The tendency of international statesmen to praise ‘the man of the moment’
through an awards system or complementary rhetoric is amongst one of the
most endearing features of contemporary international politics. But
sometimes international leaders get it wrong. Zimbabwe’s Robert Mugabe was
the quintessential ‘man of the moment’ who, even when he was commanding his
cadres to carry out the 1983/84 atrocities in Matebeleland, was touted as a
statesman whose administration was a model for other nations. As it turned
out later, his formula for running the country – including the latter-day
assault on democracy – proved to be too unconventional even for the
‘international community.’
International leaders now seem to be falling over each other to award
Zimbabwe’s opposition leader, Morgan Tsvangirai (head of the Movement for
Democratic Change [MDC]) with accolades in admiration of his courage in the
battle for political hegemony in Zimbabwe. Though to some degree welcome
(they might help intensify the recruitment of sympathy and support for his
cause from the wretched local masses and the eager international community),
such awards can also unwittingly give us an unrealistic sense of political
certainty about what lies ahead.
The awarding of accolades would not be so contentious if they were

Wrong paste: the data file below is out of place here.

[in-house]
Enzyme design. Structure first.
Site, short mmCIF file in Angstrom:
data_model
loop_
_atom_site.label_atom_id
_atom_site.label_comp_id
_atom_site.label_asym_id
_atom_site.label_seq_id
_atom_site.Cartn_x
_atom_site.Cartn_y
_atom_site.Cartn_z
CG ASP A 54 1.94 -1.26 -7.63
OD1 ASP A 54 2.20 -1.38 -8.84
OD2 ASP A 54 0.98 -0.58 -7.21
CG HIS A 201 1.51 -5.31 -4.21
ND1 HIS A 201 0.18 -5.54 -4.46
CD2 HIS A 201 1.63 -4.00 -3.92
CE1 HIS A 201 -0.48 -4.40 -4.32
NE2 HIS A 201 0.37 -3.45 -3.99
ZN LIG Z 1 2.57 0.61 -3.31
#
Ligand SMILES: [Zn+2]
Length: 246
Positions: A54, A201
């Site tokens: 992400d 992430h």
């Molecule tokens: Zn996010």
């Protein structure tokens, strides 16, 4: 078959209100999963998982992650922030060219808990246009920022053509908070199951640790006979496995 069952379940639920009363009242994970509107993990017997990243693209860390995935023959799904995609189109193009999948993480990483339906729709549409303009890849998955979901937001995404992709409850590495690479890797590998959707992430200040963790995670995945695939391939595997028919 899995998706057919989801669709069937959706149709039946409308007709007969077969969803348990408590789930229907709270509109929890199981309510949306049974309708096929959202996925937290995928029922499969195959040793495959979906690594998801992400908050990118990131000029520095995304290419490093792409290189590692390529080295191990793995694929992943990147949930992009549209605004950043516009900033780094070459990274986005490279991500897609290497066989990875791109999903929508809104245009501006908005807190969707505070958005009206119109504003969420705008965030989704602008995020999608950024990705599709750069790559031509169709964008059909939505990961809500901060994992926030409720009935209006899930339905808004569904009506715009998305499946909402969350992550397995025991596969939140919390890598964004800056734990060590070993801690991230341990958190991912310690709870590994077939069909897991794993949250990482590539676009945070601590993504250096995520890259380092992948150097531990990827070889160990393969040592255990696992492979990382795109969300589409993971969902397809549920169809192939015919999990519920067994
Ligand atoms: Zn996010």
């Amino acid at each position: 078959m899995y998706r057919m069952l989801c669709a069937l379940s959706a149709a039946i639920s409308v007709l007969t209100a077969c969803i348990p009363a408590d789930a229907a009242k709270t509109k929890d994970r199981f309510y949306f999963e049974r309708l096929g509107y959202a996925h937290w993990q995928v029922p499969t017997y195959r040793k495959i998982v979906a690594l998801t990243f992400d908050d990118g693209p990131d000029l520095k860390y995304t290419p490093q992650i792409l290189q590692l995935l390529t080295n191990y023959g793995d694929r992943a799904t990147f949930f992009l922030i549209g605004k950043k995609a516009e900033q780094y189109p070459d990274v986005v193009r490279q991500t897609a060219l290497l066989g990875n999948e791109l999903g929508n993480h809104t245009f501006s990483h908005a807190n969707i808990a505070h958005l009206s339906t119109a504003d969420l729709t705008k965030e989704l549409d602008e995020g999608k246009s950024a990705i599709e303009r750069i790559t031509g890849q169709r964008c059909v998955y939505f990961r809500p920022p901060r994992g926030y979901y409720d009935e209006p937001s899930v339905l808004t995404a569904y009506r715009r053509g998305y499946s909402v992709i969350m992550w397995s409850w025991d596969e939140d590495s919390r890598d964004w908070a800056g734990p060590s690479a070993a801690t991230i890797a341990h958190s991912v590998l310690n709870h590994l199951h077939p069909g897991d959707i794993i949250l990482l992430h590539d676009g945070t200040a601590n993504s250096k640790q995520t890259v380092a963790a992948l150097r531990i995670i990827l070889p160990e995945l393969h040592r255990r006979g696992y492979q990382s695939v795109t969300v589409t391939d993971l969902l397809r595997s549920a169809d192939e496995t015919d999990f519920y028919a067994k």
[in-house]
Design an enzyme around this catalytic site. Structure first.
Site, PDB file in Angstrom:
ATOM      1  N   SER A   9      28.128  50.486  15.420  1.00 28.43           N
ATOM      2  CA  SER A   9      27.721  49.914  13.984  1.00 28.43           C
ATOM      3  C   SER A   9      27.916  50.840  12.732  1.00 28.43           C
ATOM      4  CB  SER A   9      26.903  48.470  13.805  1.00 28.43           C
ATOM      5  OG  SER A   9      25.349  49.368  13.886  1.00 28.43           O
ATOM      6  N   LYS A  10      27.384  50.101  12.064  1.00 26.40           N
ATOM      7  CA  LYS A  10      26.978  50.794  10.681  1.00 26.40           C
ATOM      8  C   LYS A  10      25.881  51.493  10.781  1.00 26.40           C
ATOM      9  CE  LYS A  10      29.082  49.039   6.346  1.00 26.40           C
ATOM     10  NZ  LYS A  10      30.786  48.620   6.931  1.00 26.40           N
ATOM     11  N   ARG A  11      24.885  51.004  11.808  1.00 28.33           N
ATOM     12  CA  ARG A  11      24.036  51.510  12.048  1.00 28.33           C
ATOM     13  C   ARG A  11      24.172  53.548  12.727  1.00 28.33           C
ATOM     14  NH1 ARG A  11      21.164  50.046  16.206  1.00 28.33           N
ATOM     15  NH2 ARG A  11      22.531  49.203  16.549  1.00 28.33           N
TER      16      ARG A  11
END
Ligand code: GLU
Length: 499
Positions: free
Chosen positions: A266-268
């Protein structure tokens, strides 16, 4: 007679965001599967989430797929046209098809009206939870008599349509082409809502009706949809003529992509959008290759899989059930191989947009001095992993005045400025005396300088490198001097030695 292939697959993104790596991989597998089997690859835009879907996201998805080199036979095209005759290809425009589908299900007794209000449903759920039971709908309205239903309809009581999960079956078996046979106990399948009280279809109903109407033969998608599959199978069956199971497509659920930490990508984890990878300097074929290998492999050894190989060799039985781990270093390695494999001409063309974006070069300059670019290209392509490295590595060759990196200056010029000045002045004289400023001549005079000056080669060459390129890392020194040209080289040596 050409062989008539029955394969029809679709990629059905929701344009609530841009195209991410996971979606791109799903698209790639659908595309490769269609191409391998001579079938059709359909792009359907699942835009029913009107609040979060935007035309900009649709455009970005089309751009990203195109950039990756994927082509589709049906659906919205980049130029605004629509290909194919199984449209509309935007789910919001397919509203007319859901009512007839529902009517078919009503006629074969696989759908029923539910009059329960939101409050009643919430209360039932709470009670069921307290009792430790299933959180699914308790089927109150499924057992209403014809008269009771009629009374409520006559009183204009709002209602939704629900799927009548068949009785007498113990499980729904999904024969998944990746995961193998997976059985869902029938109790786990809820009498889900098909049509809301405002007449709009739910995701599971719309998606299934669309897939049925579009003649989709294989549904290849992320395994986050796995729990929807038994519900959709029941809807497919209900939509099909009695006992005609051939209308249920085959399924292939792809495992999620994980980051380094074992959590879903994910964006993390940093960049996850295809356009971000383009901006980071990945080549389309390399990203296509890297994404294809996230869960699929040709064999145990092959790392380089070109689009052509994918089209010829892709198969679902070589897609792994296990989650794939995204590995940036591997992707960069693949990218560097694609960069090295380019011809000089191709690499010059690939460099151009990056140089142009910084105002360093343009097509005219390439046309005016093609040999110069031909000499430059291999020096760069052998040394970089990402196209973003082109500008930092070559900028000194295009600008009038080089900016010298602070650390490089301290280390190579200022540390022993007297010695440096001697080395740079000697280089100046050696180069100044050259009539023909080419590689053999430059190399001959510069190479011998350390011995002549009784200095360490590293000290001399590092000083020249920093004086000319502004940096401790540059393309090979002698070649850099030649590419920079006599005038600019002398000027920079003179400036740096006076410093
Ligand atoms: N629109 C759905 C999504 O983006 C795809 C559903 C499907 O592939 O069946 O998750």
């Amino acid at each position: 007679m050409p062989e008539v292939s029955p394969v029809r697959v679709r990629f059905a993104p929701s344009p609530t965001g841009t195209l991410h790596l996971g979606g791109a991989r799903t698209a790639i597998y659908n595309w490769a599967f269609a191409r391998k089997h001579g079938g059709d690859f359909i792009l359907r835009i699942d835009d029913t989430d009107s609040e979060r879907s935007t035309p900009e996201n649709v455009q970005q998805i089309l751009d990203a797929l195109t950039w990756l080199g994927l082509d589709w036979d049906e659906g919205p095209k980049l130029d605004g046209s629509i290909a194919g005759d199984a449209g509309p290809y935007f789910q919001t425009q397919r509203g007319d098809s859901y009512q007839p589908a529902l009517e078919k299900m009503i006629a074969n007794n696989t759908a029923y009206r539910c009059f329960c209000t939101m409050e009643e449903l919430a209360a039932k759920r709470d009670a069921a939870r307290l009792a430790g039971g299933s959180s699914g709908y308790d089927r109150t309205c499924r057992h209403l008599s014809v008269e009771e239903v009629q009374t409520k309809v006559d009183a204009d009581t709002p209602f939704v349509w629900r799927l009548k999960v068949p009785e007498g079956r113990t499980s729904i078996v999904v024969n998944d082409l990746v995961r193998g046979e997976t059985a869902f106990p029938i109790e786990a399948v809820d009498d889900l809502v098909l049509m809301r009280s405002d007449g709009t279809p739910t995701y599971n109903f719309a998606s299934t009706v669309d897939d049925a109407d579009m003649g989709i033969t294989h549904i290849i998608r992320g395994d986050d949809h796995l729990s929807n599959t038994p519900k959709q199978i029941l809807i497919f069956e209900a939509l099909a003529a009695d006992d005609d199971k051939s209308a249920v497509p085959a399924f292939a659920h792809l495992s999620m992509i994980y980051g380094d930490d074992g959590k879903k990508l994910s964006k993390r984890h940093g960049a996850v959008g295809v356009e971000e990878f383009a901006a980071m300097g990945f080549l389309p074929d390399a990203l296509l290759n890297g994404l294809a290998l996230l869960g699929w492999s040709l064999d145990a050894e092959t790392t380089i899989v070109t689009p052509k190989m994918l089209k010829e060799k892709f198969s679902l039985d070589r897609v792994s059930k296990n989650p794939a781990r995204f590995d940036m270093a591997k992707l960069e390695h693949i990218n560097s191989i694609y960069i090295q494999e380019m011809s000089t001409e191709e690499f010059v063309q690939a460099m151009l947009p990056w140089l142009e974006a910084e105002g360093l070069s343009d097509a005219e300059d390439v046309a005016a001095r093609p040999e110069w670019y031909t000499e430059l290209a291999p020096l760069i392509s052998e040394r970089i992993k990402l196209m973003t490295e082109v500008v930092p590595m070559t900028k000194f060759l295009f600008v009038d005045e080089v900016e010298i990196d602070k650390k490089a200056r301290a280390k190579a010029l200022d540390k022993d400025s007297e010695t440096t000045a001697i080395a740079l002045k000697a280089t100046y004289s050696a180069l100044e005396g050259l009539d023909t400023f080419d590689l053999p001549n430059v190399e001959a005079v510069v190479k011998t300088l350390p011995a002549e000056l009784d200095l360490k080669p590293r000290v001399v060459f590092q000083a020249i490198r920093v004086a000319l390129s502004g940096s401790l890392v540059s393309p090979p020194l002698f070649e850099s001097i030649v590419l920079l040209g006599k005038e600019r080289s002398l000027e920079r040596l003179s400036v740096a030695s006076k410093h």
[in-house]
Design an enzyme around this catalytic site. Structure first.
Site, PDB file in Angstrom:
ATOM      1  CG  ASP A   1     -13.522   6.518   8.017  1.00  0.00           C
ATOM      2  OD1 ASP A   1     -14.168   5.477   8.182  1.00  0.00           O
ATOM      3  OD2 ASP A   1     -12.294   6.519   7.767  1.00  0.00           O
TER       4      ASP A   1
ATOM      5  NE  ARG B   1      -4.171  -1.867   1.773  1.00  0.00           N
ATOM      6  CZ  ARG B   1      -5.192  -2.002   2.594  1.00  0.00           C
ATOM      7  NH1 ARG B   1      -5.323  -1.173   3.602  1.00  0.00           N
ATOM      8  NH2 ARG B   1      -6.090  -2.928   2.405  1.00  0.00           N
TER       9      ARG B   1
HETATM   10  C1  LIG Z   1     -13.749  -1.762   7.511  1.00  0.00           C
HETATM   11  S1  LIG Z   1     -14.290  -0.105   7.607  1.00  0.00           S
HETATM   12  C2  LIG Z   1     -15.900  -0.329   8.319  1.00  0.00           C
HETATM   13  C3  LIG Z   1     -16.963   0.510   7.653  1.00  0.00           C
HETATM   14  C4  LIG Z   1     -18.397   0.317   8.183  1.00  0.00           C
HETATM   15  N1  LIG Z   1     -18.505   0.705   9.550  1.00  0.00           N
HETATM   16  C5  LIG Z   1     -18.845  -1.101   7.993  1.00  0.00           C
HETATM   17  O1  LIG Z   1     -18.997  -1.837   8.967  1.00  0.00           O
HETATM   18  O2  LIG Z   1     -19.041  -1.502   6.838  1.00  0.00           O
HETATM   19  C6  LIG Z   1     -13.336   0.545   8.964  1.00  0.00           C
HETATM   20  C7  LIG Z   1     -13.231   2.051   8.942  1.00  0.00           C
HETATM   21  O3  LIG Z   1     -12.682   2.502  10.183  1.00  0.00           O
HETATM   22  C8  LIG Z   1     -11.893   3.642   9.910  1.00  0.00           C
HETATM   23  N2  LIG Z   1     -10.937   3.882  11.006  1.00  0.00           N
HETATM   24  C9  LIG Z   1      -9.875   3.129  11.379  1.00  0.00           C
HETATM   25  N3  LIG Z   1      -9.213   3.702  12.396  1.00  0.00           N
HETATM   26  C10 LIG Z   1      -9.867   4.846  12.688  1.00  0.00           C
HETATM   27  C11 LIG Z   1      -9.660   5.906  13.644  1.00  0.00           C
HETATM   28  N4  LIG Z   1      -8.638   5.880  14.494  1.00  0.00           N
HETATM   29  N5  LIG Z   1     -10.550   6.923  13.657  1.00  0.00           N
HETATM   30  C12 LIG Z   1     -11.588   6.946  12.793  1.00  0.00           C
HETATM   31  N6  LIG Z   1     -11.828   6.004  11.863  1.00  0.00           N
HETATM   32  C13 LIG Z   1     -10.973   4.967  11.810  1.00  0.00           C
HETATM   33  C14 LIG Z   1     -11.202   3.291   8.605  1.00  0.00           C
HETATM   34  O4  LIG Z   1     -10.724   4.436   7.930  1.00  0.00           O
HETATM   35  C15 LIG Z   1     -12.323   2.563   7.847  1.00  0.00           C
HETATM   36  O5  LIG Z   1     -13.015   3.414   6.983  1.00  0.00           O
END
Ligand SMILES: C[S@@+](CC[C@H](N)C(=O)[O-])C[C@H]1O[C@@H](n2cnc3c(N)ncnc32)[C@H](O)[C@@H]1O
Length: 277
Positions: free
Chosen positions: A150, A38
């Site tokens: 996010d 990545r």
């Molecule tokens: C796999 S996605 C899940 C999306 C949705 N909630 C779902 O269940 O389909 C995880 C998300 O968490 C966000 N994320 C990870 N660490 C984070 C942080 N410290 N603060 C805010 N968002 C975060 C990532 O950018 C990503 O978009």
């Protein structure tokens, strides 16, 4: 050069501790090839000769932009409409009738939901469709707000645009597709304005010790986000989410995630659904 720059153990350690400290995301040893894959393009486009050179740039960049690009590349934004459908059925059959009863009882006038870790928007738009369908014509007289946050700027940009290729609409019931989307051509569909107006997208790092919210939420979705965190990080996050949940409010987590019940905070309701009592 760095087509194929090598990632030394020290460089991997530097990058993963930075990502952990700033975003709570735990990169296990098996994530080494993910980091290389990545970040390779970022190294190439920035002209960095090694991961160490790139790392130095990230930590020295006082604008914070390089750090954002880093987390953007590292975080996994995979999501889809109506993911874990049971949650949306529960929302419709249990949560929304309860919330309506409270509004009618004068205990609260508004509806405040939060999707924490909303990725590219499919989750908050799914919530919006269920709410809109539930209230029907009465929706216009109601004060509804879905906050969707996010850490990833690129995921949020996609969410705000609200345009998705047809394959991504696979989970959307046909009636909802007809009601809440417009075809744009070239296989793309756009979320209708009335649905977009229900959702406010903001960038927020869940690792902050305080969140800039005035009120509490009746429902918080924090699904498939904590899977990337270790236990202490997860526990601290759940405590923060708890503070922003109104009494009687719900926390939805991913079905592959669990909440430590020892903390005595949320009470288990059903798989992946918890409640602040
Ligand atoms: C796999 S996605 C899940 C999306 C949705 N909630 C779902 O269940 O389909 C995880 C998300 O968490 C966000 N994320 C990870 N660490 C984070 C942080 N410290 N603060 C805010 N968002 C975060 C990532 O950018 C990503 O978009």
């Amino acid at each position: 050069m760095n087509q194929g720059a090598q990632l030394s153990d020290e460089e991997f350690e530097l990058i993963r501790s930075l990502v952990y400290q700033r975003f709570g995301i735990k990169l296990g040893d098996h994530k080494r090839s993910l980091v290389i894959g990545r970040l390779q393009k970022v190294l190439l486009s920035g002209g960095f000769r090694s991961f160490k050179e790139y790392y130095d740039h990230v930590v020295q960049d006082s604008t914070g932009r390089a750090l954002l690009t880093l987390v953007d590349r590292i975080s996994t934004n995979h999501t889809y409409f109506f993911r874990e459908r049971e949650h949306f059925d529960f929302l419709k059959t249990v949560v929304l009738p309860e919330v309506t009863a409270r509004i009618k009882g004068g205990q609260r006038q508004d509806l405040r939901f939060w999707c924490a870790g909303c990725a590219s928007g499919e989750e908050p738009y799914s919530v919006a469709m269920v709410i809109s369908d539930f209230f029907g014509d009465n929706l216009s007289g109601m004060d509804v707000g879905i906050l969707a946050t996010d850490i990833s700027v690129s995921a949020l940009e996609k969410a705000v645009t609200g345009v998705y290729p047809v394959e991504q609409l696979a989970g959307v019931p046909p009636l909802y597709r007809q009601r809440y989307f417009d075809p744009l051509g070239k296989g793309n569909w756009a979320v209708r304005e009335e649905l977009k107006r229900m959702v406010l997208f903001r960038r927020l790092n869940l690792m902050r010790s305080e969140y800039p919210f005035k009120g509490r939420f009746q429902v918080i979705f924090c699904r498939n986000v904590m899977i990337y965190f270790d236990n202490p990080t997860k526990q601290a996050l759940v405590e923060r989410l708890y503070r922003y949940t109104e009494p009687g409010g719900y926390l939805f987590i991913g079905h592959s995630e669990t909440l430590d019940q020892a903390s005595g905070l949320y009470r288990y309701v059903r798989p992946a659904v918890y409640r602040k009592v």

attentively balanced with a deliberately active encouragement by
international leaders of debate on Tsvangirai’s performance to date. Honest
discussion of the immediate and current performance of the MDC leader whilst
in opposition might help us develop a realistic imagination of a post–Mugabe
era with Tsvangirai in power.
Taking the opportunity of the elections scheduled this year, let us examine
Tsvangirai’s story as leader of the opposition, and try to understand the
politician who is likely to occupy state house, come free and fair elections
this June. The understanding that I humbly propose here, departs from the
view that Tsvangirai is Zimbabwe’s version of Nelson Mandela. The intention
of adopting such a view, hopefully, is to inject a refreshingly problematic
understanding of the MDC leader.
I will start by acknowledging the profundity of my admiration for
Tsvangirai. In particular, I revere his decision to sign on for what many
initially regarded as a suicidal political fight against Mugabe, and his
persistence in that mortal combat. This he has waged for most of the time
against all odds and in the face of adversity that threatened his immediate
family and even his physical existence. Indeed, I rank this decision as one
of the bravest ever made by a Zimbabwean.